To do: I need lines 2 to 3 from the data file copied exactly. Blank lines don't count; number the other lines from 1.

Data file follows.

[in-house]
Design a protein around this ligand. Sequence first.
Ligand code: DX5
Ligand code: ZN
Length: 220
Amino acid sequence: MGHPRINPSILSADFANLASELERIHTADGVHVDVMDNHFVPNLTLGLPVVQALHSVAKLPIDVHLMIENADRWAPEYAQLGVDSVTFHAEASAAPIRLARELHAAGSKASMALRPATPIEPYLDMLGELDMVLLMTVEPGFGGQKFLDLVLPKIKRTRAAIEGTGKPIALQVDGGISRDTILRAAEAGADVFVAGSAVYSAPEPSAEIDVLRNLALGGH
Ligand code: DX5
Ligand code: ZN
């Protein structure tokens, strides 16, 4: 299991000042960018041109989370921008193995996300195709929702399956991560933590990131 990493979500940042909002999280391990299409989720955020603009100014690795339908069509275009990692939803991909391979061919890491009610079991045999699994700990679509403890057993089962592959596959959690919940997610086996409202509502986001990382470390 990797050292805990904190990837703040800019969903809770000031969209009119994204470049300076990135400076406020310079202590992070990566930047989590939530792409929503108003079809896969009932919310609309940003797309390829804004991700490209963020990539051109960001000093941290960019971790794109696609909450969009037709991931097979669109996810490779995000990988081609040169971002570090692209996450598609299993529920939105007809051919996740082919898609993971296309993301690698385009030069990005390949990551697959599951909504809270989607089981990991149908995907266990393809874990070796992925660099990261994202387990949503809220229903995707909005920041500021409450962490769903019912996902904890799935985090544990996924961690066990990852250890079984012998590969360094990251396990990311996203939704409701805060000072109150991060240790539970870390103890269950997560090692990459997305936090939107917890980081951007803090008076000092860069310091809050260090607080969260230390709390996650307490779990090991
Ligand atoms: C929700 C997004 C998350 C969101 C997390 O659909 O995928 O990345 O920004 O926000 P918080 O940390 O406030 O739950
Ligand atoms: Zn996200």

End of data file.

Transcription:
Design a protein around this ligand. Sequence first.
Ligand code: DX5